Two BMO firms have settled allegations that they failed to disclose that their managed account products utilized costlier proprietary funds.
The U.S. Securities and Exchange Commission (SEC) announced that the two firms — BMO Harris Financial Advisors Inc. and BMO Asset Management Corp. — agreed to pay over US$37 million to settle allegations that they failed to disclose their approach to selecting funds for a retail investment advisory program, known as the managed asset allocation program (MAAP).
The firms settled the charges without admitting or denying the SEC’s findings. They agreed to pay US$29.7 million in disgorgement and prejudgment interest, and to pay a civil penalty of US$8.25 million.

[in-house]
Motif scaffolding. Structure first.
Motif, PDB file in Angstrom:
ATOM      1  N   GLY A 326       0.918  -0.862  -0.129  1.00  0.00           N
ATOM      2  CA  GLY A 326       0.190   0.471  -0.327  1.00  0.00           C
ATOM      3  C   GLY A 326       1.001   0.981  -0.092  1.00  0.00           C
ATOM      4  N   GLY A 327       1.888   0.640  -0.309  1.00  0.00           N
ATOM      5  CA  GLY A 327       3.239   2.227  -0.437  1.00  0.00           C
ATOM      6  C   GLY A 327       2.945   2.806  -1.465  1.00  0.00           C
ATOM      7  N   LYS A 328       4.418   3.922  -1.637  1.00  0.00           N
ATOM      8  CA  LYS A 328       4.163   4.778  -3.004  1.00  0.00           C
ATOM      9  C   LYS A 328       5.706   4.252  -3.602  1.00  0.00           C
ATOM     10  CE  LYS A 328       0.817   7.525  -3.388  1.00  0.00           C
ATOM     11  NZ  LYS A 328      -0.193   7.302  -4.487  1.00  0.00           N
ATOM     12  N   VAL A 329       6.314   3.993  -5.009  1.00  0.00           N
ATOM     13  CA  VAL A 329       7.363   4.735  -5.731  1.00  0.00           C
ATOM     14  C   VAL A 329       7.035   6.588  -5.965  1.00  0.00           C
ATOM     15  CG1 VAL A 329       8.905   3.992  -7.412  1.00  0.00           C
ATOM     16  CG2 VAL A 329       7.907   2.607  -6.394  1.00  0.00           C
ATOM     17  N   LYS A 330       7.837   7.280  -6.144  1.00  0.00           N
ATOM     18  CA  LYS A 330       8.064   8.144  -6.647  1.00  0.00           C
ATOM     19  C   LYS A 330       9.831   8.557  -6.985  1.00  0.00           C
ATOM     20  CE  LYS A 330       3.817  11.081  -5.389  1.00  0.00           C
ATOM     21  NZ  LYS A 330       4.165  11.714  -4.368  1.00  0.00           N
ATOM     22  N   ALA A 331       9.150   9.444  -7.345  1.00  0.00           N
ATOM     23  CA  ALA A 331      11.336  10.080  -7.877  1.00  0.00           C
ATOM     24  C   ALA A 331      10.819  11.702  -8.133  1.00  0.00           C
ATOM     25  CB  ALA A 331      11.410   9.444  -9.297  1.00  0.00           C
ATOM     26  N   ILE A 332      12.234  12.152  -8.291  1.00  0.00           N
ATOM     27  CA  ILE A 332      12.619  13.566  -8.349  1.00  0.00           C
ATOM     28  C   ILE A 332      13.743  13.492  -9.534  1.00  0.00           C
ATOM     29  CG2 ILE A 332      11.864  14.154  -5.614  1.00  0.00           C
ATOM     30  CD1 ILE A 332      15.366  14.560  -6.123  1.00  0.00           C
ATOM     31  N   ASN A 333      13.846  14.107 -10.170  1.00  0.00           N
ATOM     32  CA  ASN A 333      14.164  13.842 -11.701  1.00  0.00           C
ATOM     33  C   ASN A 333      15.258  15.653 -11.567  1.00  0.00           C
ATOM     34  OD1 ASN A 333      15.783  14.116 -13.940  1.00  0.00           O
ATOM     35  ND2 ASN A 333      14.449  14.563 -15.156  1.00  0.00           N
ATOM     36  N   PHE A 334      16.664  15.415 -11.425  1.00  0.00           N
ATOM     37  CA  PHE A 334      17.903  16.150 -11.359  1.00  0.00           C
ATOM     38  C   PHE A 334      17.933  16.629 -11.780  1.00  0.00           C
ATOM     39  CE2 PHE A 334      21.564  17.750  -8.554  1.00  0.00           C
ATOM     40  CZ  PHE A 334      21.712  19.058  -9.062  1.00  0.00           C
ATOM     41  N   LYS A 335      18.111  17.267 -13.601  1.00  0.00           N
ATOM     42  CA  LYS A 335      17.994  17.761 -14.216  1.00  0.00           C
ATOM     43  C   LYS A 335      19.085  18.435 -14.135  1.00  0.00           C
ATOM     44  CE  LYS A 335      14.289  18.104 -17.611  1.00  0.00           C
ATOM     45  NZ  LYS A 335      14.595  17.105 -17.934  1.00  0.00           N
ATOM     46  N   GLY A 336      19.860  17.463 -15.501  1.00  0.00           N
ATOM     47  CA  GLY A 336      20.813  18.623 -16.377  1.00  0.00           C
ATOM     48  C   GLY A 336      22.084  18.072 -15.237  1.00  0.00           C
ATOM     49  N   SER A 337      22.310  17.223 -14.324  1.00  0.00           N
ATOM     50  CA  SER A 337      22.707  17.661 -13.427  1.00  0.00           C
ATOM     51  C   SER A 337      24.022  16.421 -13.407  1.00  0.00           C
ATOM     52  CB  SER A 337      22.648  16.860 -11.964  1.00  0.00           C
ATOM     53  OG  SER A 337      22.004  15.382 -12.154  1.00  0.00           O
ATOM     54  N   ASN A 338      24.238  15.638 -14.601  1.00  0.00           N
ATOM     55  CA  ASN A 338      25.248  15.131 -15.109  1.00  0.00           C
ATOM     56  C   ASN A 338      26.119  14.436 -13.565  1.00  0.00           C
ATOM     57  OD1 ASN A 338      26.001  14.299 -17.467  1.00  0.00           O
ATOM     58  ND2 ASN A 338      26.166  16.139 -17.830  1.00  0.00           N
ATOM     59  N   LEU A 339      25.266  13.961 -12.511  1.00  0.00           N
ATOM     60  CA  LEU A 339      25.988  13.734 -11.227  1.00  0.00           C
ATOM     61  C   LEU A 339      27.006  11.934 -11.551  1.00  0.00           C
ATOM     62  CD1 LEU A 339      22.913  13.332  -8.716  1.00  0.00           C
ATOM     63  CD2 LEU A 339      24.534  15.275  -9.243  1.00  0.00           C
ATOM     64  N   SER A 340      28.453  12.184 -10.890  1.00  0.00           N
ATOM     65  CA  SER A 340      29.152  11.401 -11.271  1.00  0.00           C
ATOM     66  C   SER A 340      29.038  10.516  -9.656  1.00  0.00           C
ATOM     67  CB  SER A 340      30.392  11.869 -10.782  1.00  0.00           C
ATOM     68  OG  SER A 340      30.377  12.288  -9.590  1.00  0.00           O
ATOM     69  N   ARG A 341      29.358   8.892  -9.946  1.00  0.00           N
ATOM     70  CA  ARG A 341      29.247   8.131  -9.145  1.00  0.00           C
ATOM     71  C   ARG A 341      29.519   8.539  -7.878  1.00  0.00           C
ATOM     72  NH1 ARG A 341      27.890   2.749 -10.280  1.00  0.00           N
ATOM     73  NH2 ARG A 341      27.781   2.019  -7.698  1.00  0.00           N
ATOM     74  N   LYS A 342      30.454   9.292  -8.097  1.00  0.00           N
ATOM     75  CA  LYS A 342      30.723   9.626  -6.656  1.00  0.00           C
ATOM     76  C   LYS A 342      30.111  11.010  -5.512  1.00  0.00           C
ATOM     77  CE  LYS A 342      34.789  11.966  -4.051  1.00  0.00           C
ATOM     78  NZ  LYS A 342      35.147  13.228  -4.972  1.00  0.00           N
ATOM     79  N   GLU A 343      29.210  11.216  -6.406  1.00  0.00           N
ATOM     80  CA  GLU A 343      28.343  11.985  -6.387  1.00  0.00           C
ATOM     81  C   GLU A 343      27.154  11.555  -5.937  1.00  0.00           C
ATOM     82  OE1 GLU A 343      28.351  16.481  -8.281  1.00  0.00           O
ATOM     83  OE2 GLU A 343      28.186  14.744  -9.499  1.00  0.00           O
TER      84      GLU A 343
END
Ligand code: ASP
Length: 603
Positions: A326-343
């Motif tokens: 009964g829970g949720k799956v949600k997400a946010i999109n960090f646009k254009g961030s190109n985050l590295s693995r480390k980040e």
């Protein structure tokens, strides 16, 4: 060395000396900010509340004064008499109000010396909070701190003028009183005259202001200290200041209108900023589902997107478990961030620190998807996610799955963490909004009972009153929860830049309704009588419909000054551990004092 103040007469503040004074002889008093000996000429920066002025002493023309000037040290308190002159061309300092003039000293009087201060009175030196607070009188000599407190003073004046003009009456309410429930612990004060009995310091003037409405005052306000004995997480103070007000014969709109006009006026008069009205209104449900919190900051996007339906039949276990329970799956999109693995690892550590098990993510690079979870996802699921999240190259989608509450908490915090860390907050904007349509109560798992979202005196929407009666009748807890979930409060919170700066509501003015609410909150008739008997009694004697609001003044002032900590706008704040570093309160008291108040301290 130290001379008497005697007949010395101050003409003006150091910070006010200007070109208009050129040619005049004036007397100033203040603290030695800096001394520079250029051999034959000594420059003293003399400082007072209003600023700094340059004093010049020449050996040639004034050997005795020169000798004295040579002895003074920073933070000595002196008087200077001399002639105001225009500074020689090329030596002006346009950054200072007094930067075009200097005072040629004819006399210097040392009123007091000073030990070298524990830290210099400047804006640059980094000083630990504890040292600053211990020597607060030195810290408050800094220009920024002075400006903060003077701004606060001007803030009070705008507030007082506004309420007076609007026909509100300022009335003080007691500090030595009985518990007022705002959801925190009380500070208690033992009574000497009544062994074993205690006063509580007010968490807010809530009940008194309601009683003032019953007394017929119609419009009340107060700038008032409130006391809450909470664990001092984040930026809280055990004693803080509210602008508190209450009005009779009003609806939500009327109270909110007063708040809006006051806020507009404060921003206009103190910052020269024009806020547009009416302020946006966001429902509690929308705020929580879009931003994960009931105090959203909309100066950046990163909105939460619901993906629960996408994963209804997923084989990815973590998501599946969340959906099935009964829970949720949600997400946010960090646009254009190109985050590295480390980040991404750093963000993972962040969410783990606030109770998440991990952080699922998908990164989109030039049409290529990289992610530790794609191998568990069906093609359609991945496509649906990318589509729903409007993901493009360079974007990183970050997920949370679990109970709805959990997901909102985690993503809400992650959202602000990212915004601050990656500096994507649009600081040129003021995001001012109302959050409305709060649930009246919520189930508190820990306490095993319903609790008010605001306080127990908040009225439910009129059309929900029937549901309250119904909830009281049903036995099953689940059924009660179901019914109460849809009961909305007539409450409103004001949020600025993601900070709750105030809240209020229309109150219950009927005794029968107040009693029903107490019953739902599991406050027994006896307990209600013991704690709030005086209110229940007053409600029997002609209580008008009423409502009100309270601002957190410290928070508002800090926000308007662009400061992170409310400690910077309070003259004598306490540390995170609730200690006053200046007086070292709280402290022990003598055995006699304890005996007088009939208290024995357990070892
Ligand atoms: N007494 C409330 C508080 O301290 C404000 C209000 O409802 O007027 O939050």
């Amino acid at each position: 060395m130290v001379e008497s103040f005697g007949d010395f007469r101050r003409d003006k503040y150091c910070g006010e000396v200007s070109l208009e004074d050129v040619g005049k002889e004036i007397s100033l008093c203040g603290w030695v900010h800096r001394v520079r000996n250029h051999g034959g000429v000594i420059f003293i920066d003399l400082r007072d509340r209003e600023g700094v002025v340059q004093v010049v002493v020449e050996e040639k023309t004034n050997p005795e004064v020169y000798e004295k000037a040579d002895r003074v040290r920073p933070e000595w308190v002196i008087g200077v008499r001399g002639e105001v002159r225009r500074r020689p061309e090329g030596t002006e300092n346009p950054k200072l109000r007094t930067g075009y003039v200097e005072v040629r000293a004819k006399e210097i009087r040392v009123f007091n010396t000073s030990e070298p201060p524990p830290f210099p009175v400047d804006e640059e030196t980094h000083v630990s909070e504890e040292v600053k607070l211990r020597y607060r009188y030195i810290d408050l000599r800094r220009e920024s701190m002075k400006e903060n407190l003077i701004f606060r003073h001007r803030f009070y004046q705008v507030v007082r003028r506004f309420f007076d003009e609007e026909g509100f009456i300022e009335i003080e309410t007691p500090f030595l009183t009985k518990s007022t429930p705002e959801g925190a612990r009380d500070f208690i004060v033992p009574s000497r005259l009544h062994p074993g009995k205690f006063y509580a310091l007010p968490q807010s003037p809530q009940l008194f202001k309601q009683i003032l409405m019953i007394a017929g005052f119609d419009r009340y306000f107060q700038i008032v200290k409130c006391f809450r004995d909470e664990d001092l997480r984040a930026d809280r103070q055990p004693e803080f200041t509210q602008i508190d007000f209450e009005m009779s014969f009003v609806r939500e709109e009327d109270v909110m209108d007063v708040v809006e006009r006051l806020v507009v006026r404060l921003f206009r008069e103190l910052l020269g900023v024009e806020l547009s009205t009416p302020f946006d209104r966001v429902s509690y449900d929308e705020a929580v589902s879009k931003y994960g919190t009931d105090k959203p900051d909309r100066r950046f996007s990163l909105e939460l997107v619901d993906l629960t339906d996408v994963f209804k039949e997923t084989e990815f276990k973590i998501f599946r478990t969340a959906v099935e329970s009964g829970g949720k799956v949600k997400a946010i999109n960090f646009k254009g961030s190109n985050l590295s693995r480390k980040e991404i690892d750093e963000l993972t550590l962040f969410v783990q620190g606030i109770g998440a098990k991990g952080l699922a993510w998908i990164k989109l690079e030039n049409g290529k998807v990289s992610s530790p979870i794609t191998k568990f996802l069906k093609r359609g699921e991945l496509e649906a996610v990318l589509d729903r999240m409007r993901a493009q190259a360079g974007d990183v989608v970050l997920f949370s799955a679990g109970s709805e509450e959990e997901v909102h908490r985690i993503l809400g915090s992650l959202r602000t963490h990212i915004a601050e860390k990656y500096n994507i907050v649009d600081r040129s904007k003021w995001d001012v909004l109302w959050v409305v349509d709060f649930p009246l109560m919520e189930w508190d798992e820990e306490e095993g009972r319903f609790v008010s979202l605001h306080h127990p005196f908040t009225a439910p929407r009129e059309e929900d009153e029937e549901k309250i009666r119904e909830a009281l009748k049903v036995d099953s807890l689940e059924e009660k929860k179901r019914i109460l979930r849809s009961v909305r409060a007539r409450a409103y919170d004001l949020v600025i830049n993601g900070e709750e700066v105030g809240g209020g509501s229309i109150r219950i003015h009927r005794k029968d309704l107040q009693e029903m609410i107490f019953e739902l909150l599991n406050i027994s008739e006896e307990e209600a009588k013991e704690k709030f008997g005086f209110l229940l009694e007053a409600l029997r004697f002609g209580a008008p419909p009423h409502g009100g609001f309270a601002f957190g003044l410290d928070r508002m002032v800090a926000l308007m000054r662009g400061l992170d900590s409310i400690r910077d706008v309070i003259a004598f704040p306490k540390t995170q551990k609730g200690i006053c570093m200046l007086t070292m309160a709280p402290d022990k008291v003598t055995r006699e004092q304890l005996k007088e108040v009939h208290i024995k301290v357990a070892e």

According to the SEC’s order, the firms invested approximately 50% of MAAP client assets in proprietary funds, which resulted in clients paying additional management fees to BMO Asset Management, without disclosing the conflict of interest to clients.
The SEC found that the firm always selected the higher-cost, non-institutional share class of its proprietary funds for the MAAP. It also found that BMO Harris failed to disclose conflicts when investing MAAP client assets in higher-cost share classes when lower-cost share classes were available.
“These BMO advisers repeatedly put their own financial interests ahead of clients by giving preference to their own mutual funds or selecting higher-cost share classes,” said Dabney O’Riordan, co-chief of the SEC enforcement division’s asset management unit.
“This is important information for an adviser to tell clients as it goes to the heart of the adviser-client relationship and will impact the clients’ returns,” he added.